If the kitchen is packed with people vying for the oven, you can take the cooking outside to the grill with Thanksgiving Kebabs in a lemony marinade.
While I wouldn’t necessarily recommend it for big extended family gatherings (where tofu-phobes may be likely), if your gathering includes other vegan-minded folks, baked tofu can make a tasty centerpiece. My favorites are Baked Lemon Rosemary Tofu and Pumpkin-seed Crusted Tofu with Cranberry Relish from Vegan with a Vengeance.
If seitan is calling your name, I’m partial to the Chicken-style Seitan Roast from Vegan Diner paired with the Creamy Sage & Pepper Gravy also from the book. As a bonus, the seitan freezes beautifully. You can make it far in advance and just put it in the refrigerator the day before to thaw. I dare say that it makes the seitan even more moist and delicious. The gravy is creamy, flavorful, and my absolute favorite when gravy is essential.
In past years, for the main course I’ve made Chickpea Cutlets from Veganomicon. They have a wonderful chewiness and the flavors of lemon & thyme. They aren’t too heavy, and they fit along nicely with mashed potatoes and gravy. Not just for Thanksgiving, I enjoy chickpea cutlets all year around. I’ve served them many times to non-vegans, and they’re always a hit.
There’s a link to the recipe here, but the baking directions aren’t included. I always bake them, and I use half the amount of oil listed with no adverse effects. To bake, line a baking sheet with parchment paper, lightly oil each side of the cutlets, and bake at 375 degrees. Bake for 20 minutes, flip the cutlets, and then bake for 8-10 more until golden brown.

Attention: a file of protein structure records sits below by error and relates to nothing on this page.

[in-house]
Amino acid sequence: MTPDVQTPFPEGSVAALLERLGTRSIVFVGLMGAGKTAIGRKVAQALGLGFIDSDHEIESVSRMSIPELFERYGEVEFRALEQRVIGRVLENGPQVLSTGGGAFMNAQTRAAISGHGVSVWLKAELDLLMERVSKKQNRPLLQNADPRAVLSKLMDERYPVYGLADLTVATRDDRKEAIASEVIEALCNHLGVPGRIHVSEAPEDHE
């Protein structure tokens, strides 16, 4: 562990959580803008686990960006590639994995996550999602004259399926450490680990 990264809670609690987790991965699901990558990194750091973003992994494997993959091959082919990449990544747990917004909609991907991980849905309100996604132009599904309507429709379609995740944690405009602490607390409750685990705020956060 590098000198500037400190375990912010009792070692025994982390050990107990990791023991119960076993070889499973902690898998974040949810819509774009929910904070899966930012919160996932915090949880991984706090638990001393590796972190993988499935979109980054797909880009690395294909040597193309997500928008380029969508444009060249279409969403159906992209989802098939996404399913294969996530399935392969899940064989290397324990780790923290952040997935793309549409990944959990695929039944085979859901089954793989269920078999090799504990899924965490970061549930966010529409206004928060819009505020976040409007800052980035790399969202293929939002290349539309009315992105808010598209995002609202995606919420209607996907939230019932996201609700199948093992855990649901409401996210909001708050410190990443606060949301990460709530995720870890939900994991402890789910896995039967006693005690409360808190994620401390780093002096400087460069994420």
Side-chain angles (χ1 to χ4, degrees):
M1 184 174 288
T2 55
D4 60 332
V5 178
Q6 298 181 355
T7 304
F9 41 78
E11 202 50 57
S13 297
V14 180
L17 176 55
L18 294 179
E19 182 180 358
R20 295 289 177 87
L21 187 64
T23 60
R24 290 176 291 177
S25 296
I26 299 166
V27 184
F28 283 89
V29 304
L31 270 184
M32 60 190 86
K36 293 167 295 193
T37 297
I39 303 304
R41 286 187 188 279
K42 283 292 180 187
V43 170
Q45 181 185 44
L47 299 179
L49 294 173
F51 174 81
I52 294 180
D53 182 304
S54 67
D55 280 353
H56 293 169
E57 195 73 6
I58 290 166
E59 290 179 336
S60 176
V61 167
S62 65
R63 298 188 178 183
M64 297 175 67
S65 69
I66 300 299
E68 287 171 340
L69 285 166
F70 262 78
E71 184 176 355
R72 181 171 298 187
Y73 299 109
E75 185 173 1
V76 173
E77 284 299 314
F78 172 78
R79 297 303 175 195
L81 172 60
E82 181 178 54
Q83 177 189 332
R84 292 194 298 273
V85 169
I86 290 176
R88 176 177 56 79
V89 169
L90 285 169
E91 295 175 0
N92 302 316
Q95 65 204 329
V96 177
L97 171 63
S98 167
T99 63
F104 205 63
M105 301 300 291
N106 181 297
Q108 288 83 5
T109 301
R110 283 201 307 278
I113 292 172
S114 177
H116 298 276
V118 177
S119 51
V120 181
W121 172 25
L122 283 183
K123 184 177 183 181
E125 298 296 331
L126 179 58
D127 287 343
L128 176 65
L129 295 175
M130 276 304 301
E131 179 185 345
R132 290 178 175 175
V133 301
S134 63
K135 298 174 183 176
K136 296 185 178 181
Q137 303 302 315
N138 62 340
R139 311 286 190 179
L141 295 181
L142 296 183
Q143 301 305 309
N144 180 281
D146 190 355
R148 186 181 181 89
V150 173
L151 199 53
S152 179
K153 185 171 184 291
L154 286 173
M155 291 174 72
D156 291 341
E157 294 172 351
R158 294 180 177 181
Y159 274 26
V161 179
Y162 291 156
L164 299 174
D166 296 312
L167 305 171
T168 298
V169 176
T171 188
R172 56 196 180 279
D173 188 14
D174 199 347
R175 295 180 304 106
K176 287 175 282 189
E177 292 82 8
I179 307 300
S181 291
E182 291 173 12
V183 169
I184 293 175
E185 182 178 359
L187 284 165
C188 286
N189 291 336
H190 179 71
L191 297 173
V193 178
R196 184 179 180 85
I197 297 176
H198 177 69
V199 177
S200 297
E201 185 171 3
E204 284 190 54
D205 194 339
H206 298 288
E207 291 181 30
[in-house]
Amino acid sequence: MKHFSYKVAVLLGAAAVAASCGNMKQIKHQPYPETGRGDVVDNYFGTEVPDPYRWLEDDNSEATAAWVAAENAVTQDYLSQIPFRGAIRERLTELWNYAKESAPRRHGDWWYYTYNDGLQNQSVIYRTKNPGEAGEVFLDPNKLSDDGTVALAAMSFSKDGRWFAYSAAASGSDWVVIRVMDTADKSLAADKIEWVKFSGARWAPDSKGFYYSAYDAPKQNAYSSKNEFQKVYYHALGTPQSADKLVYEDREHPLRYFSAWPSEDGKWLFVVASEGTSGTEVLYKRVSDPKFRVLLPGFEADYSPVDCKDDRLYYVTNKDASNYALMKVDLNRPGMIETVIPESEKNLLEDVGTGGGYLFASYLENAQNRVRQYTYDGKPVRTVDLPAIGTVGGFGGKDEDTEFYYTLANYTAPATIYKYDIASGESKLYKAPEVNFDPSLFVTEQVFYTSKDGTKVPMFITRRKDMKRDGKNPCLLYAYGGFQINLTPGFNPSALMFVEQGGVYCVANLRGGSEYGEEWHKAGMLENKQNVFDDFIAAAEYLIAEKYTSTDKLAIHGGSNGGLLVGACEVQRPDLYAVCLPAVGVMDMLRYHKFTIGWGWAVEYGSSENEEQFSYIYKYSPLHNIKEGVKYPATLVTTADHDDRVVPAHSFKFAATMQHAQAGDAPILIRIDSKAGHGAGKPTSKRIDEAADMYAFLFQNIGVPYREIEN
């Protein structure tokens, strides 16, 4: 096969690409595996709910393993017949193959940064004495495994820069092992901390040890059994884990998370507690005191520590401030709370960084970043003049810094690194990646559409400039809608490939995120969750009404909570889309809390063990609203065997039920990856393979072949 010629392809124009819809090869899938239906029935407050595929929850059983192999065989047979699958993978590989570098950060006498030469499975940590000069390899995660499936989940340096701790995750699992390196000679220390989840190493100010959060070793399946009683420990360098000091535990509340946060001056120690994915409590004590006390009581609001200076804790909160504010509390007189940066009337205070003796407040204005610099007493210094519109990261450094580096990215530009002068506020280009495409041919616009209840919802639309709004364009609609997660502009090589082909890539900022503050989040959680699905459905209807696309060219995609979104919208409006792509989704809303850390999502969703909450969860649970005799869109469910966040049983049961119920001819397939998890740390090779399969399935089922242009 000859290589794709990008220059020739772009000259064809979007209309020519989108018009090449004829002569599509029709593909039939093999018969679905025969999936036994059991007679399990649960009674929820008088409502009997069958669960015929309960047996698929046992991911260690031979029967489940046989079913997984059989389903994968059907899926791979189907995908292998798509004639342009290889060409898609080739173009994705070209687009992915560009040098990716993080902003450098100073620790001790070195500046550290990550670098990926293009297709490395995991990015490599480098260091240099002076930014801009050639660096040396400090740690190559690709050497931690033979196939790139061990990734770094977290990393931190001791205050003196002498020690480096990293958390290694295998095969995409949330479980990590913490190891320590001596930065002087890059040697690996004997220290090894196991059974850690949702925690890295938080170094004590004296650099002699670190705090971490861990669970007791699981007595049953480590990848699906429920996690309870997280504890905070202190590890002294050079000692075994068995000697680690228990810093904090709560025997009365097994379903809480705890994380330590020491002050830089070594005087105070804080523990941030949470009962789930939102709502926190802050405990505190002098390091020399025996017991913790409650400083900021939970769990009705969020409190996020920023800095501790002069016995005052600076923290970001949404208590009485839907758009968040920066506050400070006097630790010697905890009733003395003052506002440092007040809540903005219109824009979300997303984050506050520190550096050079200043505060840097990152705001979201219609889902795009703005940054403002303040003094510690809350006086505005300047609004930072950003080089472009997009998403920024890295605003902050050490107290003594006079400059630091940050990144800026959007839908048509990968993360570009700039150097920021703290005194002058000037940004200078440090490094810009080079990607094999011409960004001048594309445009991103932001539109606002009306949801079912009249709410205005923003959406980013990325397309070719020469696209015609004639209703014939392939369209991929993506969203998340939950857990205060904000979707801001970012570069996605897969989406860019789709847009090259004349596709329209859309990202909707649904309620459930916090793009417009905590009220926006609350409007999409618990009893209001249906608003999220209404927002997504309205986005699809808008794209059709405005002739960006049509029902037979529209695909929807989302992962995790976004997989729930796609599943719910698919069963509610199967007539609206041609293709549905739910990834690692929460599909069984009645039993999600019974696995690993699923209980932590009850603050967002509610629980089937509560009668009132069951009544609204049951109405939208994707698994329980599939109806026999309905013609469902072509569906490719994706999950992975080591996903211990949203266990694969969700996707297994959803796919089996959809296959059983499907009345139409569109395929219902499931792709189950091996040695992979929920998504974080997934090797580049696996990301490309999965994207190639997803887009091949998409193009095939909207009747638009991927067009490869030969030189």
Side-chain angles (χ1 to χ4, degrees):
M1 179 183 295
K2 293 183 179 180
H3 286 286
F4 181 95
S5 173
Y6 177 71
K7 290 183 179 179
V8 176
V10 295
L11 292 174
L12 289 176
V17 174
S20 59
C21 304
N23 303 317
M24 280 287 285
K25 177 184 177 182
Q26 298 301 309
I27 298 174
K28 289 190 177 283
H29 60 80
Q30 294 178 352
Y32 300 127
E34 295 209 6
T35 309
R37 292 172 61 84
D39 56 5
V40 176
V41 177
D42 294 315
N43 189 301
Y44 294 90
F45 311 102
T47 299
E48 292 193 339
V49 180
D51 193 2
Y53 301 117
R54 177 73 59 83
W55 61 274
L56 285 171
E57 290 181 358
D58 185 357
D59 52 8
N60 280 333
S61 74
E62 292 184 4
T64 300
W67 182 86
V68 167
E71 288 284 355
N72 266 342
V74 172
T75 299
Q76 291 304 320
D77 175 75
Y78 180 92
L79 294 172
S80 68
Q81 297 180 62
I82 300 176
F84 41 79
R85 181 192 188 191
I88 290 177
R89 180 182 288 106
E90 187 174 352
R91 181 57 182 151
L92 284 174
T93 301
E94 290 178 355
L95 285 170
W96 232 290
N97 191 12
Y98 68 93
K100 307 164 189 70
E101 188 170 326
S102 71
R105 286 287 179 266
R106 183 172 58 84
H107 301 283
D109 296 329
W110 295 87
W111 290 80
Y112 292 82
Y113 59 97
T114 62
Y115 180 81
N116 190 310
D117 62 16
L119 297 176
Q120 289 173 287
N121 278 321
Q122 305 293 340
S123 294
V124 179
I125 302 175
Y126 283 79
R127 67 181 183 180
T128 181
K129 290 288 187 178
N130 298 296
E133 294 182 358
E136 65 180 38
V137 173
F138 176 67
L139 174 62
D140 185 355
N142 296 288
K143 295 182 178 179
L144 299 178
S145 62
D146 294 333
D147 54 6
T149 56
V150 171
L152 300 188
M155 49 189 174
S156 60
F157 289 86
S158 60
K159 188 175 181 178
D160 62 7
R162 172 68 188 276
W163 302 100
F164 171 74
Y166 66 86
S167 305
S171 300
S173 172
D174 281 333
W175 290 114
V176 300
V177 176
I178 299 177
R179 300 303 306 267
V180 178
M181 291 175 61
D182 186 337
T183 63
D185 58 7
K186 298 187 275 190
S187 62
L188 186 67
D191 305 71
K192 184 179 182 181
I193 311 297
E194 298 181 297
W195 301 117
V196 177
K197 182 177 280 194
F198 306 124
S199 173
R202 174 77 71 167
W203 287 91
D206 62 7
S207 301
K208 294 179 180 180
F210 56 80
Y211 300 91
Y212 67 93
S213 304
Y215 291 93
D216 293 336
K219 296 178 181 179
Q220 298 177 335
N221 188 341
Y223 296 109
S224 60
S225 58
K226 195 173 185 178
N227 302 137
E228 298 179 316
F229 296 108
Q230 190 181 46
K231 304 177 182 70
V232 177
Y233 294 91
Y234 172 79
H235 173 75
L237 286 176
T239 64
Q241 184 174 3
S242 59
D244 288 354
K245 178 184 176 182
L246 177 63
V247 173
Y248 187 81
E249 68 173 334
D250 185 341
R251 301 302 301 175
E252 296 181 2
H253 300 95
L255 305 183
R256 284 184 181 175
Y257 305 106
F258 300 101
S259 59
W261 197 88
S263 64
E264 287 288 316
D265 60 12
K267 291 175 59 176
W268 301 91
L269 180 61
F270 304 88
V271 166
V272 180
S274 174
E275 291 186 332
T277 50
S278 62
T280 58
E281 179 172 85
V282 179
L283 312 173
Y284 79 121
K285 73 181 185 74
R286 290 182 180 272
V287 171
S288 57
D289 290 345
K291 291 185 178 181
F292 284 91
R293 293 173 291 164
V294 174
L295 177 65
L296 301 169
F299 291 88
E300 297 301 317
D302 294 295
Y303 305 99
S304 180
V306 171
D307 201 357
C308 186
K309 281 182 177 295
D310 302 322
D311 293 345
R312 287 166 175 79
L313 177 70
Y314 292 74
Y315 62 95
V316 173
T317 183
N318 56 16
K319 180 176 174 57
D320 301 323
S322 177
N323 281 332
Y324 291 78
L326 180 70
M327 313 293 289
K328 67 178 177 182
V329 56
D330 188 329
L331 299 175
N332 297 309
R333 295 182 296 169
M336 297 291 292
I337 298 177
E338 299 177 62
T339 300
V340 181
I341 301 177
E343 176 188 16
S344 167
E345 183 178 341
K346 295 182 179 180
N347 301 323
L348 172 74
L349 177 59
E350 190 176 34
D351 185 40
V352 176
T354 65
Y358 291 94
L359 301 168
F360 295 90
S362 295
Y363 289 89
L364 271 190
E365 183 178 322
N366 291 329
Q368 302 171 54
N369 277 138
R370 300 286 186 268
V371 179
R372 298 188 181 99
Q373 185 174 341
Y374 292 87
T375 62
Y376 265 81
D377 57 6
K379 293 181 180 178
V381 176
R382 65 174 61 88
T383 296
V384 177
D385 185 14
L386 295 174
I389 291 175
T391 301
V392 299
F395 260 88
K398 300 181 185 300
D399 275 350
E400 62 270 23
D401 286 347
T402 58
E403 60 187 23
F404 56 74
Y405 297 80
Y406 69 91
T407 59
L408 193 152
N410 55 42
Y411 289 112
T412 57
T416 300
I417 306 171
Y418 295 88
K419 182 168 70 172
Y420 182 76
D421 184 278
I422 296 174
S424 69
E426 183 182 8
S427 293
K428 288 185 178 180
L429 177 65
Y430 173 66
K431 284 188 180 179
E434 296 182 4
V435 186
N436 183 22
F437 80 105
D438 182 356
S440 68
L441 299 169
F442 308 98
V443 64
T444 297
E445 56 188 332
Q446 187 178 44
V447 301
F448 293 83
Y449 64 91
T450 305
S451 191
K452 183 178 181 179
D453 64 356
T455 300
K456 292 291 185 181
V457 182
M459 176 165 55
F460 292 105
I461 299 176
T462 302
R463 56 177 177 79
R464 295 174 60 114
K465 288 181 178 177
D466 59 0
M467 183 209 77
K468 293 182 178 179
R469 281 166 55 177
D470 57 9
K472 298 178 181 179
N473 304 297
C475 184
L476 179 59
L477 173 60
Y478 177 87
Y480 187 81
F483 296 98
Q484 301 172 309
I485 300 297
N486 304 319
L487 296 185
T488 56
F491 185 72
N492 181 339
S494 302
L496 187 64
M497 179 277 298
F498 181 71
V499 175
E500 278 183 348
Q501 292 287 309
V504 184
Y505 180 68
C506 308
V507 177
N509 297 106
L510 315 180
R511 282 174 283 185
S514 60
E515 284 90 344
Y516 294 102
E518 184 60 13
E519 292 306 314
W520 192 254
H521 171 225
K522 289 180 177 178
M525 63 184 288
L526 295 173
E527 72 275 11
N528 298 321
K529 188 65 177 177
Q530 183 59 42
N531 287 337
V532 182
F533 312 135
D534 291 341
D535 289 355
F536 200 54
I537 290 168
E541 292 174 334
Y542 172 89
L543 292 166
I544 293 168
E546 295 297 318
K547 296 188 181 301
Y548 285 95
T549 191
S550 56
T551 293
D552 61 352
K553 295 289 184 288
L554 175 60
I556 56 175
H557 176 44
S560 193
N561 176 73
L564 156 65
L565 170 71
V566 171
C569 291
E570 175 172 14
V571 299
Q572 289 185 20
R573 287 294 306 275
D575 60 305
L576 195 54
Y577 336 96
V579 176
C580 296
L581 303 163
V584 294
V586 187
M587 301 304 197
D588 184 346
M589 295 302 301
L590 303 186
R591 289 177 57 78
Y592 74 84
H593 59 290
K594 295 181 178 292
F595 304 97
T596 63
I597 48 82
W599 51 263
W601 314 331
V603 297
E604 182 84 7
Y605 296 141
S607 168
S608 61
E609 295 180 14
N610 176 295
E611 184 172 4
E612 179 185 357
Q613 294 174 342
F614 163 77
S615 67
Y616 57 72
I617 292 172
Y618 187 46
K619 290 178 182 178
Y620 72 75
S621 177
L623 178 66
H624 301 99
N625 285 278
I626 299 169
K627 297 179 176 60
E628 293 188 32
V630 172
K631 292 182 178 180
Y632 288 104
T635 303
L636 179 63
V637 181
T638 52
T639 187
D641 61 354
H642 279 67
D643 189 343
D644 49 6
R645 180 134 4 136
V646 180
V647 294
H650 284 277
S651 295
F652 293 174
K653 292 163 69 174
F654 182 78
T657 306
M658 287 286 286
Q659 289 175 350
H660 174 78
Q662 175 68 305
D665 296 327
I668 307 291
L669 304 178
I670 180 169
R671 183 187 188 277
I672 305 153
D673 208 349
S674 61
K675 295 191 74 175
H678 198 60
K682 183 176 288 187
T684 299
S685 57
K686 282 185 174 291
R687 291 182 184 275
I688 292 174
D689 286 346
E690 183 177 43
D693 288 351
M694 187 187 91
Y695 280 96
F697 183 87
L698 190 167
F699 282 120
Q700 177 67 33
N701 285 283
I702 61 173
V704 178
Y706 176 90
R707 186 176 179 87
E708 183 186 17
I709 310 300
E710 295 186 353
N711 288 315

Last year I made the Festive Chickpea Tart from Dreena Burton’s Let Them Eat Vegan. As a big plus, you can make two tarts and freeze one for the Christmas holidays. The tarts freeze and thaw beautifully.
Frozen Main Courses:
Looking for something convenient for the main course? There are a plethora of options! My favorite is the Hazelnut Cranberry Roast en Croute from Field Roast. (After the holidays are over, I always try to pick one up when they’re on sale, because they are so delicious.) The roast is made with their flavorful grain meat and stuffed with Field Roast sausages, cranberries, and apples. It’s then wrapped in a puff pastry. Anything wrapped in puff pastry is a winner in my book. This roast ranges from $18-26 depending on location.
For an intimate dinner for two or if you’ll be taking your vegan entree to a non-vegan Thanksgiving, the Gardein Savory Stuffed Turk’y (shown above) comes two to a pack along with two packets of gravy. It is a toothsome dish filled with stuffing and cranberries; although, the gravy is a bit on the watery side. I wouldn’t say that it’s my favorite option of the bunch, but it’s still pretty good and the least expensive. Gardein also has a larger Holiday Roast that serves 8.
What vegan items will be gracing your table this year?
This post is syndicated on BlogHer.com.